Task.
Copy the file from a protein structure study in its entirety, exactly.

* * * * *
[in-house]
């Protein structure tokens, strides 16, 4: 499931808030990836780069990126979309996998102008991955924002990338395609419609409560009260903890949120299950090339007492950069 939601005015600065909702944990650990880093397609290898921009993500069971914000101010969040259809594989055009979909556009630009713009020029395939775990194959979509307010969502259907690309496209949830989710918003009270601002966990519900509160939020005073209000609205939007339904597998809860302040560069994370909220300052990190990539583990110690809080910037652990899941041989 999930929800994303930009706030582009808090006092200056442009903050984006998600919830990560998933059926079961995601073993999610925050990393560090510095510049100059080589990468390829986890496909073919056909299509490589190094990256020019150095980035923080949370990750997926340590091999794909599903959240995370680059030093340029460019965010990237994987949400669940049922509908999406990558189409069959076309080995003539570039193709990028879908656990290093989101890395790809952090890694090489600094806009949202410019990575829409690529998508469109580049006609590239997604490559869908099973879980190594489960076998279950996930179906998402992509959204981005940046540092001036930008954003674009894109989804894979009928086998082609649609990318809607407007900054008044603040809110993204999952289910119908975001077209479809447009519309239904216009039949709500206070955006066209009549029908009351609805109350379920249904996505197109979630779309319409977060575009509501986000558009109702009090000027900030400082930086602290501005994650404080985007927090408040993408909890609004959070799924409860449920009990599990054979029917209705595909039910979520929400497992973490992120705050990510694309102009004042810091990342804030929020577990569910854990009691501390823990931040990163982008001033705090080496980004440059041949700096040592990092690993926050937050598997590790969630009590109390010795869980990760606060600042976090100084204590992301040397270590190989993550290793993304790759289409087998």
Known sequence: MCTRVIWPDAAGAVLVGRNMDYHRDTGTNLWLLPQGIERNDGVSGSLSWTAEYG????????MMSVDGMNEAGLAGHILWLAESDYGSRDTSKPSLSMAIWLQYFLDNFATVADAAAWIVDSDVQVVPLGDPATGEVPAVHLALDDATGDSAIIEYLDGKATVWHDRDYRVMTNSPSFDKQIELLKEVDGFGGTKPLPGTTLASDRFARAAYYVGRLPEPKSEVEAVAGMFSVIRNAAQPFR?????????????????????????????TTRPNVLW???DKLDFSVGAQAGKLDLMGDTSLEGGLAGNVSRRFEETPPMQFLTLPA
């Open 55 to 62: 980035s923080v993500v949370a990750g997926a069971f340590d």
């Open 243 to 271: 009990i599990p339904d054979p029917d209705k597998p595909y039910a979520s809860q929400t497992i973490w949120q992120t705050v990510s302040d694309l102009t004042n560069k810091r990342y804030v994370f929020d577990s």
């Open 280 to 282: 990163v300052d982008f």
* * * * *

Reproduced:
[in-house]
């Protein structure tokens, strides 16, 4: 499931808030990836780069990126979309996998102008991955924002990338395609419609409560009260903890949120299950090339007492950069 939601005015600065909702944990650990880093397609290898921009993500069971914000101010969040259809594989055009979909556009630009713009020029395939775990194959979509307010969502259907690309496209949830989710918003009270601002966990519900509160939020005073209000609205939007339904597998809860302040560069994370909220300052990190990539583990110690809080910037652990899941041989 999930929800994303930009706030582009808090006092200056442009903050984006998600919830990560998933059926079961995601073993999610925050990393560090510095510049100059080589990468390829986890496909073919056909299509490589190094990256020019150095980035923080949370990750997926340590091999794909599903959240995370680059030093340029460019965010990237994987949400669940049922509908999406990558189409069959076309080995003539570039193709990028879908656990290093989101890395790809952090890694090489600094806009949202410019990575829409690529998508469109580049006609590239997604490559869908099973879980190594489960076998279950996930179906998402992509959204981005940046540092001036930008954003674009894109989804894979009928086998082609649609990318809607407007900054008044603040809110993204999952289910119908975001077209479809447009519309239904216009039949709500206070955006066209009549029908009351609805109350379920249904996505197109979630779309319409977060575009509501986000558009109702009090000027900030400082930086602290501005994650404080985007927090408040993408909890609004959070799924409860449920009990599990054979029917209705595909039910979520929400497992973490992120705050990510694309102009004042810091990342804030929020577990569910854990009691501390823990931040990163982008001033705090080496980004440059041949700096040592990092690993926050937050598997590790969630009590109390010795869980990760606060600042976090100084204590992301040397270590190989993550290793993304790759289409087998």
Known sequence: MCTRVIWPDAAGAVLVGRNMDYHRDTGTNLWLLPQGIERNDGVSGSLSWTAEYG????????MMSVDGMNEAGLAGHILWLAESDYGSRDTSKPSLSMAIWLQYFLDNFATVADAAAWIVDSDVQVVPLGDPATGEVPAVHLALDDATGDSAIIEYLDGKATVWHDRDYRVMTNSPSFDKQIELLKEVDGFGGTKPLPGTTLASDRFARAAYYVGRLPEPKSEVEAVAGMFSVIRNAAQPFR?????????????????????????????TTRPNVLW???DKLDFSVGAQAGKLDLMGDTSLEGGLAGNVSRRFEETPPMQFLTLPA
């Open 55 to 62: 980035s923080v993500v949370a990750g997926a069971f340590d």
């Open 243 to 271: 009990i599990p339904d054979p029917d209705k597998p595909y039910a979520s809860q929400t497992i973490w949120q992120t705050v990510s302040d694309l102009t004042n560069k810091r990342y804030v994370f929020d577990s």
């Open 280 to 282: 990163v300052d982008f």